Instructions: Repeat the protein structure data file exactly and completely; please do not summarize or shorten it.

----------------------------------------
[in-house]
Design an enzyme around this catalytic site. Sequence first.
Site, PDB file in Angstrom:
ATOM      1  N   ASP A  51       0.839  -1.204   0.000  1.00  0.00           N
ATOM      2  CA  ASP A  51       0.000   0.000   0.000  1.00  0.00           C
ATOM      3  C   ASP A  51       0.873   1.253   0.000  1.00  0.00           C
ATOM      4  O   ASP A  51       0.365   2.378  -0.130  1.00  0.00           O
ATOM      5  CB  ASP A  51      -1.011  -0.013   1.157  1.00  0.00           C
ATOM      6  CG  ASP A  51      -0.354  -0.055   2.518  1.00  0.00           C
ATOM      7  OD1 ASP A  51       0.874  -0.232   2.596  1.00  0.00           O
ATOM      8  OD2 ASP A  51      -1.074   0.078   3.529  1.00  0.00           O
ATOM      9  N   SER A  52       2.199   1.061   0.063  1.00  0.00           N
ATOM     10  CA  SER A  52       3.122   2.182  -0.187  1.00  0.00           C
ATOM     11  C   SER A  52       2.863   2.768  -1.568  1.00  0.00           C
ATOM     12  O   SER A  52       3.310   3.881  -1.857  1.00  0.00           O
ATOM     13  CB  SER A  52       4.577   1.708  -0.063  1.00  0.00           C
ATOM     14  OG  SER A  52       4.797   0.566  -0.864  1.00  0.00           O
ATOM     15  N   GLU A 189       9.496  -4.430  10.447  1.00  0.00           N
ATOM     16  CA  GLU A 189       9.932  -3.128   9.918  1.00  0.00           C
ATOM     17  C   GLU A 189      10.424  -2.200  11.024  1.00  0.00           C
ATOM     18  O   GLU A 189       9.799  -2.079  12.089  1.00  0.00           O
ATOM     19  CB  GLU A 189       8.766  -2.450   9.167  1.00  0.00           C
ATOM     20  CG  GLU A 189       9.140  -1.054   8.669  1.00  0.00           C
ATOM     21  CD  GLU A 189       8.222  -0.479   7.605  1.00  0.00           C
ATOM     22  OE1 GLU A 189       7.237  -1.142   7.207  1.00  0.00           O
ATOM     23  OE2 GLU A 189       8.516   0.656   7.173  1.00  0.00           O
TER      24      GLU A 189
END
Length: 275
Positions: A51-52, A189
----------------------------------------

[in-house]
Design an enzyme around this catalytic site. Sequence first.
Site, PDB file in Angstrom:
ATOM      1  N   ASP A  51       0.839  -1.204   0.000  1.00  0.00           N
ATOM      2  CA  ASP A  51       0.000   0.000   0.000  1.00  0.00           C
ATOM      3  C   ASP A  51       0.873   1.253   0.000  1.00  0.00           C
ATOM      4  O   ASP A  51       0.365   2.378  -0.130  1.00  0.00           O
ATOM      5  CB  ASP A  51      -1.011  -0.013   1.157  1.00  0.00           C
ATOM      6  CG  ASP A  51      -0.354  -0.055   2.518  1.00  0.00           C
ATOM      7  OD1 ASP A  51       0.874  -0.232   2.596  1.00  0.00           O
ATOM      8  OD2 ASP A  51      -1.074   0.078   3.529  1.00  0.00           O
ATOM      9  N   SER A  52       2.199   1.061   0.063  1.00  0.00           N
ATOM     10  CA  SER A  52       3.122   2.182  -0.187  1.00  0.00           C
ATOM     11  C   SER A  52       2.863   2.768  -1.568  1.00  0.00           C
ATOM     12  O   SER A  52       3.310   3.881  -1.857  1.00  0.00           O
ATOM     13  CB  SER A  52       4.577   1.708  -0.063  1.00  0.00           C
ATOM     14  OG  SER A  52       4.797   0.566  -0.864  1.00  0.00           O
ATOM     15  N   GLU A 189       9.496  -4.430  10.447  1.00  0.00           N
ATOM     16  CA  GLU A 189       9.932  -3.128   9.918  1.00  0.00           C
ATOM     17  C   GLU A 189      10.424  -2.200  11.024  1.00  0.00           C
ATOM     18  O   GLU A 189       9.799  -2.079  12.089  1.00  0.00           O
ATOM     19  CB  GLU A 189       8.766  -2.450   9.167  1.00  0.00           C
ATOM     20  CG  GLU A 189       9.140  -1.054   8.669  1.00  0.00           C
ATOM     21  CD  GLU A 189       8.222  -0.479   7.605  1.00  0.00           C
ATOM     22  OE1 GLU A 189       7.237  -1.142   7.207  1.00  0.00           O
ATOM     23  OE2 GLU A 189       8.516   0.656   7.173  1.00  0.00           O
TER      24      GLU A 189
END
Length: 275
Positions: A51-52, A189